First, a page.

Yesterday Oscar Munoz, the CEO of United Airlines, testified to Congress about the airline industry. All of this just a few weeks after such a great week of press coverage. Of course, the last few weeks have also been a wee bit busy, so I was unable to post today’s piece. But with Munoz’s testimony it makes the perfect segue.
Today’s piece is a graphic article from the New York Times. It examines the state of the US airline industry. I use the term graphic article, because outside of headlines and subheads, it uses few words. Instead the point of the article is conveyed via charts. And what I found really nice is that, as the below photo shows, the article comprised most of the front page of the Business section.
In terms of the structure, the piece did a nice job of giving breathing space around the various elements. This helps focus the reader’s attention on the charts and the data therein. Long headers and subheads break the vertical flow and create sentences or paragraphs that the charts prove.
But then we get below the fold and low and behold we have a pie chart. I would have probably used a bar chart to show the market share. Especially with the top-three airlines so close. On the other hand, I can see the argument for the large, colour-filled visual. It does a nice job balancing the area charts at the opening and puts an emphatic period at the end of the piece.
Overall, a solid piece and one that I am glad occupied a significant portion of the Business section front page.
Yesterday I took a look at the Alaskan Airlines and Virgin America merger. Part of the disappointment on the internets centres around the service and experience delivered by Virgin. I mean who doesn’t like mood lighting, right? Well the Economist took a look at international airlines by both price and service. And if we use Virgin Atlantic as the best proxy for Virgin America, you can see why people prefer it over American carriers.
Alaska Airlines and Virgin America made some news the past few days when they announced Alaska would purchase Virgin America for $2.6 billion. I mapped out the flight routes of the two carriers to see where they overlapped. You can see the results in my piece for the blog today below.
Credit for the work is mine, except the underlying map, which I sourced from Brigham Young University Geography Department.
Yesterday an Airbus A320 operated by Germanwings, a subsidiary of Lufthansa, crashed in the French Alps with no survivors. This morning, I am showing the two best graphics I have come across thus far attempting to explain just what happened.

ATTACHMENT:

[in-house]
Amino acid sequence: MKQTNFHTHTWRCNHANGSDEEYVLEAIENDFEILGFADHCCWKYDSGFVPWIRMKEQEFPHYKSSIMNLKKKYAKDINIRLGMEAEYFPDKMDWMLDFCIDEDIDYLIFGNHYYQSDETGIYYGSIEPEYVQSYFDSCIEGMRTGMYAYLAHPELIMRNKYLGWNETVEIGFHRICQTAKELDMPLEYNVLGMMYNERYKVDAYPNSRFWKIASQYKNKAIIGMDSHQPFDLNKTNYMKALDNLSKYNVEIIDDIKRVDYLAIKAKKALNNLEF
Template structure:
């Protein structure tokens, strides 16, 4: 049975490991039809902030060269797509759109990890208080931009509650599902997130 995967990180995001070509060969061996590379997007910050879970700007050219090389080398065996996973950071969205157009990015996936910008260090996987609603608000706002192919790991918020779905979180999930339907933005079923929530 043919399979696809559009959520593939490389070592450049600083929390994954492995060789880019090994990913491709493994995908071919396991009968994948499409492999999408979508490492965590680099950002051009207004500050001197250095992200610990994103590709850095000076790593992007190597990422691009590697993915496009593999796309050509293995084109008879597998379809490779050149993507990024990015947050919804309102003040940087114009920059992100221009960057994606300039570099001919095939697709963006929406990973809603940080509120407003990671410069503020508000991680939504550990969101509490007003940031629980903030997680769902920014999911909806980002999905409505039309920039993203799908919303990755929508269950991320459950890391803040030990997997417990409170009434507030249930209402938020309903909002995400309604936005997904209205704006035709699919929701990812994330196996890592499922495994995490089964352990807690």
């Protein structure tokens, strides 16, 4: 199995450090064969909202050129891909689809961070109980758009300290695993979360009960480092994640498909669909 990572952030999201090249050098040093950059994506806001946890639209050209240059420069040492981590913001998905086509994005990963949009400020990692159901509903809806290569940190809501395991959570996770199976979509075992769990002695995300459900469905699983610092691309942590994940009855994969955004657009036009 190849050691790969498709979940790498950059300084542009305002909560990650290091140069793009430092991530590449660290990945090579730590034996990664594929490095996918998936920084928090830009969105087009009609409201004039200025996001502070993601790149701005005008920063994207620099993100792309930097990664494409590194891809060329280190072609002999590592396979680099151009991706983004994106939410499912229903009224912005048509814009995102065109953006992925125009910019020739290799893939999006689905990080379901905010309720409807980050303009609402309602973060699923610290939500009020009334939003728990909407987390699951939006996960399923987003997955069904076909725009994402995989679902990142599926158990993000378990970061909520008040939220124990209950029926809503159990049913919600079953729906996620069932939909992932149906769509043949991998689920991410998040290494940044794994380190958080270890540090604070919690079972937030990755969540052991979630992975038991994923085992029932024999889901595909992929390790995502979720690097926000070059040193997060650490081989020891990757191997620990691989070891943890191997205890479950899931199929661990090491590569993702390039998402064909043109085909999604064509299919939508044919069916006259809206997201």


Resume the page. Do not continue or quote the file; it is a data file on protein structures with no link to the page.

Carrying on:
The first is from the New York Times. In a series of maps, it points out through satellite photography the roughness of the terrain and therefore the difficulty likely to be experienced by recovery crews. The final line chart plots the altitude of the flight, which fell from a cruising altitude of 38,000 feet to just over 6,000 feet in eight minutes. Overall, especially given the limited amount of information that we currently possess, not a bad piece.
The second comes to us from the Washington Post. What I enjoy about this piece is that it combines the altitude chart with the map. This gives a bit context to the fact that despite being still 6,000 feet above sea level, the aircraft was in fact flying into the high mountains of the Alps.
Credit for the New York Times piece goes to the New York Times graphics department. And credit for the Washington Post piece goes to Gene Thorp and Richard Johnson.
This weekend I flew to and from Philadelphia—that is when my flights were not delayed. So I decided to select an aircraft-related graphic for today’s piece, originally from Quartz. It looks at the phasing out of the iconic Boeing 747. (And as for me, well I was on a 737-900 and a CRJ-700—neither as iconic as the 747.)
Airlines want to make flights as profitable as possible. And that largely entails cramming as many people into those hollow cylinders called aircraft fuselages as possible. This is despite advice from Airbus, one of the world’s largest aircraft manufacturers to set a minimum seat width standard greater than US airlines are investigating. Thomson Reuters does a nice job illustrating the changes in this graphic.
Credit for the piece goes to the Thomson Reuters graphics staff.
I am travelling abroad for two weeks. While I have a number of posts lined up, I doubt that I will be able to respond to anybody or post current and/or topical pieces. But at least you will have something. So to kick things off, this piece from the New York Times makes good use of a table. It simply marks which airlines charge fees for particular services or offerings.
Credit for the piece goes to the New York Times graphics department.